“In fact, it seems like so many of us—when we are really honest—struggle with belonging.”
Ever since I was a young girl, I have had a lot of friends. If you were looking at me from the outside, you would say that I was a secure, confident person who didn’t have any trouble fitting in, that I definitely “belonged.”
That’s what you saw on the outside.
And looks can be deceiving.
Inside, I never felt really free and connected. I had voices in my head raging loudly, saying things like:
“If they really knew you, they wouldn’t like you.”
“If you tell them the truth, they’ll reject you.”
“You’re too much”
“You’re not enough.”
“You should be more funny, wise, biblically savvy, quiet, articulate, more ________ (just about any descriptor you can think of) and then they’ll like you more.”
I always resonate with what the writer Anne Lamott says, “Sometimes my mind is a bad neighborhood. You don’t want to go in there alone.”
The noise in my head used to keep me separated from others in the groups I was part of. Sure, I might have been there physically, but my heart and soul was usually in another place—trying to somehow make myself less or more than I really was, sure that they all belonged but I didn’t.
The end result—I never really belonged.
I never felt comfortable in my skin.
I never felt part in the way I deeply longed for.
When I talk to other people and they share their true feelings about groups, churches, and communities they are part of, I have learned that I am definitely not alone in this “I don’t belong” feeling. In fact, it seems like so many of us—when we are really honest—struggle with belonging.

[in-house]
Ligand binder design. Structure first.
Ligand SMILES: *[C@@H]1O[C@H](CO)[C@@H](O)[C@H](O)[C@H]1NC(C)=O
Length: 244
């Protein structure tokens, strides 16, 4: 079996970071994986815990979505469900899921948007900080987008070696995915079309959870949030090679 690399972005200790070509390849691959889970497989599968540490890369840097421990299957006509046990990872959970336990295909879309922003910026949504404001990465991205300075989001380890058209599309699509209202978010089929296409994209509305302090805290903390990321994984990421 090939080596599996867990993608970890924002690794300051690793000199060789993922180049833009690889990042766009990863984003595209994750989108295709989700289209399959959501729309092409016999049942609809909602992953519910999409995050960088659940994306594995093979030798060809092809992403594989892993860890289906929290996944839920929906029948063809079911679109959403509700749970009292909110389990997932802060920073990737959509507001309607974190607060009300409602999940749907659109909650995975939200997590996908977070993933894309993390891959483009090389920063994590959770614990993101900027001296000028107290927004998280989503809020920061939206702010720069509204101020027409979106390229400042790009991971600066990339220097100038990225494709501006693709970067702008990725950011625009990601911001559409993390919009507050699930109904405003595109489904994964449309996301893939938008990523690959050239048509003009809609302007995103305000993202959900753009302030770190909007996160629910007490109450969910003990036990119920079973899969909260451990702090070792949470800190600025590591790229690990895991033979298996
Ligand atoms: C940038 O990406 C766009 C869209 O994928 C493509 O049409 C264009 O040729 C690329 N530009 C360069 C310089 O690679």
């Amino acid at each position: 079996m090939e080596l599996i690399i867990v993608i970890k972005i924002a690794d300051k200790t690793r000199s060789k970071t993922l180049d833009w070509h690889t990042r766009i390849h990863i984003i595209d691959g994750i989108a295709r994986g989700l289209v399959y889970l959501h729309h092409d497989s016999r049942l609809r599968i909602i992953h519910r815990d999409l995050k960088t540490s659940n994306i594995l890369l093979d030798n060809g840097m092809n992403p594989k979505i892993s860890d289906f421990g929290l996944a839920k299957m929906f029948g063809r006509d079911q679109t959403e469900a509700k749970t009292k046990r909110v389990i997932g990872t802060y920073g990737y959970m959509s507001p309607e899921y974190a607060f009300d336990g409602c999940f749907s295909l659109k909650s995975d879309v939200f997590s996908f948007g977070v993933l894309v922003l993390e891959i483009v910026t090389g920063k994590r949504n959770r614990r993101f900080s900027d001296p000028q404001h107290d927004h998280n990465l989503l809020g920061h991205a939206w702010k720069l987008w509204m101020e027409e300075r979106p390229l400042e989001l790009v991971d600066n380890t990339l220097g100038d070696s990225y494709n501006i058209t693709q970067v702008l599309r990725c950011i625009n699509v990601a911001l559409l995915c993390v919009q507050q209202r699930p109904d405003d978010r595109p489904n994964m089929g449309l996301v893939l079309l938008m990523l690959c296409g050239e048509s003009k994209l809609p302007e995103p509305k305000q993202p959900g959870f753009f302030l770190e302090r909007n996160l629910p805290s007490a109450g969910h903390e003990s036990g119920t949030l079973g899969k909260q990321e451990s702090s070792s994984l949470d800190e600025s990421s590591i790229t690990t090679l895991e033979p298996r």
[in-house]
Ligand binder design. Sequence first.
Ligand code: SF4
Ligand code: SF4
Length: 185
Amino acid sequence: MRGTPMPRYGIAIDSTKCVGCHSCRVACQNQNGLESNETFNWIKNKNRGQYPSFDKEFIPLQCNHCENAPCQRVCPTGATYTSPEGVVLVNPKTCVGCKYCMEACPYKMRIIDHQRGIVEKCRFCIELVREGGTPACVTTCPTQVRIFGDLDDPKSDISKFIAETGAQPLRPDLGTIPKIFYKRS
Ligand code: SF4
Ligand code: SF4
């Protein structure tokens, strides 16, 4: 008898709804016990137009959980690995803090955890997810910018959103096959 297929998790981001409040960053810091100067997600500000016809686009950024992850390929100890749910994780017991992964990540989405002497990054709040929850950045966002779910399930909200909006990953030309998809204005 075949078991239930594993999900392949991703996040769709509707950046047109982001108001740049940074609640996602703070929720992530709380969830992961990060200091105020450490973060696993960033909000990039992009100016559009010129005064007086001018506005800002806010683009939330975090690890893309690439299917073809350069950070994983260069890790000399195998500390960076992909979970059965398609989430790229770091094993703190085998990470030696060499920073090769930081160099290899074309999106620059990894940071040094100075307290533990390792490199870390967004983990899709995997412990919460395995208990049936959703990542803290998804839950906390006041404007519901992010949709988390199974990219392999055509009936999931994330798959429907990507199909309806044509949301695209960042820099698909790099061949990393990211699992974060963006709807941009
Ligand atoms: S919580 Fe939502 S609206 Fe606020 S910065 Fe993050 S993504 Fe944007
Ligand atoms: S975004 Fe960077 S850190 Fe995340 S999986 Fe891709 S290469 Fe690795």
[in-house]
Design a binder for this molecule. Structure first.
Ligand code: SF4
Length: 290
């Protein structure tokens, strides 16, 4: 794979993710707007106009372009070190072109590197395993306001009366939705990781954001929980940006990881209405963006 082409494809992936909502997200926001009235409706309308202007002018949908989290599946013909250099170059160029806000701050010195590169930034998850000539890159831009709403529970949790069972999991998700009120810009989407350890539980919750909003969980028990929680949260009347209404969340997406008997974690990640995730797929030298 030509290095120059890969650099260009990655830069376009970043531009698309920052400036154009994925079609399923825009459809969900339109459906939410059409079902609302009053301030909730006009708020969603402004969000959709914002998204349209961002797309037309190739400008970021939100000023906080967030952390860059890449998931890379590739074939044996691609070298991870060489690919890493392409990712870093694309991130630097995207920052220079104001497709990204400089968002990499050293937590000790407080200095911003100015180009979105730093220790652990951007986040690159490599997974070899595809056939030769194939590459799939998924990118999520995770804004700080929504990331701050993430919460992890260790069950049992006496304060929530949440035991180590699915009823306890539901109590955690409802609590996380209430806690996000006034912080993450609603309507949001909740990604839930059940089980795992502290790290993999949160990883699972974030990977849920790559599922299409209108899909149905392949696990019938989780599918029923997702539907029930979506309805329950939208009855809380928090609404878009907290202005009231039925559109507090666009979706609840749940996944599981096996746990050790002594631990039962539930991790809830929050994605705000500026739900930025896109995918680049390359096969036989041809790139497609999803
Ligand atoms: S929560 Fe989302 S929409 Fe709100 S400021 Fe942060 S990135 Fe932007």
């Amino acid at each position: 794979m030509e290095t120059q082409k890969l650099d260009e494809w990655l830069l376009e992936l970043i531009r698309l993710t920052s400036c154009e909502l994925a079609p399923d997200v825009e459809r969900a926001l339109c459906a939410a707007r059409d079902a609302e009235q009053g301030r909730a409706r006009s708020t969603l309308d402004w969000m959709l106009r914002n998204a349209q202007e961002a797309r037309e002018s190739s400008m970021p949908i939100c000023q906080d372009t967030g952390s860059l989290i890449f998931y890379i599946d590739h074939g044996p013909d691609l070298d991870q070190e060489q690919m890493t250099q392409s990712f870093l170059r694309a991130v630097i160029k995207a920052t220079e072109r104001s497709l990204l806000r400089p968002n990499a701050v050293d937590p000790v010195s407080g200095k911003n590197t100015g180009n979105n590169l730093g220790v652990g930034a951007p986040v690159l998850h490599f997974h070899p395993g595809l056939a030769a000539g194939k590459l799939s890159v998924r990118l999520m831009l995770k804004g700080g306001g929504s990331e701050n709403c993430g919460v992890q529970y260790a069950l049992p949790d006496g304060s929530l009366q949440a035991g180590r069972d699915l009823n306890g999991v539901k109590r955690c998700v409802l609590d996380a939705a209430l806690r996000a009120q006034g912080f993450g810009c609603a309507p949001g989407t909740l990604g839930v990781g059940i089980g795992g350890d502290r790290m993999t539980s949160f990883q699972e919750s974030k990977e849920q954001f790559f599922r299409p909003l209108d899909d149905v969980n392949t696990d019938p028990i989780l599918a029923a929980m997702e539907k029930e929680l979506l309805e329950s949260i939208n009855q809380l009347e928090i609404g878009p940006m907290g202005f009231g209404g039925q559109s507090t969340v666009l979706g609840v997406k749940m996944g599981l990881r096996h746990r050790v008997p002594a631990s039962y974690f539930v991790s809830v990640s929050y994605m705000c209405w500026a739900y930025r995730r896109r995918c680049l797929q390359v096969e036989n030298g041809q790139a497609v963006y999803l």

We desperately want to be part, to feel safe and solid in our own skin with other women and men, but often that feeling remains elusive and we aren’t quite sure what to do about it.
So a lot of us just keep faking it, showing up and looking like we belong when we really don’t feel like we do. As much as we joke about it, “fake it ’til you make it” doesn’t usually work when it comes to belonging. I tried that for years, and the only thing it left me with was more loneliness, more shame, more feelings of inadequacy and disconnection.
I think this is why so many churches and groups are filled with people who regularly see each other, but don’t really know each other.
The path toward belonging seems to be authenticity.
I have openly shared how inadequate I felt in the group, how I was so scared to be known by them, how good I am at faking it, and how I was sure they’d reject me if they knew my honest struggles. Every single time, universally, I have discovered that pretty much everyone in the room was thinking and feeling the same thing.
The “me, too” always echoes.
And we all feel in that moment like maybe, just maybe, we might belong.
Maybe we aren’t weird.
Maybe we don’t need to “do something” to make other people love us.
Maybe we aren’t alone in our struggles.
But belonging doesn’t come in a rush, either. I have been part of The Refuge community for eight years now, and it is definitely the most comfortable I have ever felt in my skin, but the truth is I sometimes still have a nagging voice that says somehow I don’t really belong, that I’m somehow either too much or not enough.
The difference between now and then, though, is that I can identify the voice. I feel its tug away from life, I feel its call to keep me from feeling free with my friends, I feel its lie that tells me I don’t belong.
And now, instead of being mad at the voice and trying to push it down and will it to go away, I just say it out loud, trusting that I am probably in good company on the feeling. And every time, at least a few people–if not all–respond back, “Yeah, me too.”
The “I don’t belong” feeling’s only power is when we carry it alone.
So many are crying out for a place to belong.
This is why we need safe groups and little pockets of love so desperately, why we must create places where we can say out loud “I feel like I don’t belong.”
I keep learning that sometimes the best way to begin to belong is to actually feel like we do.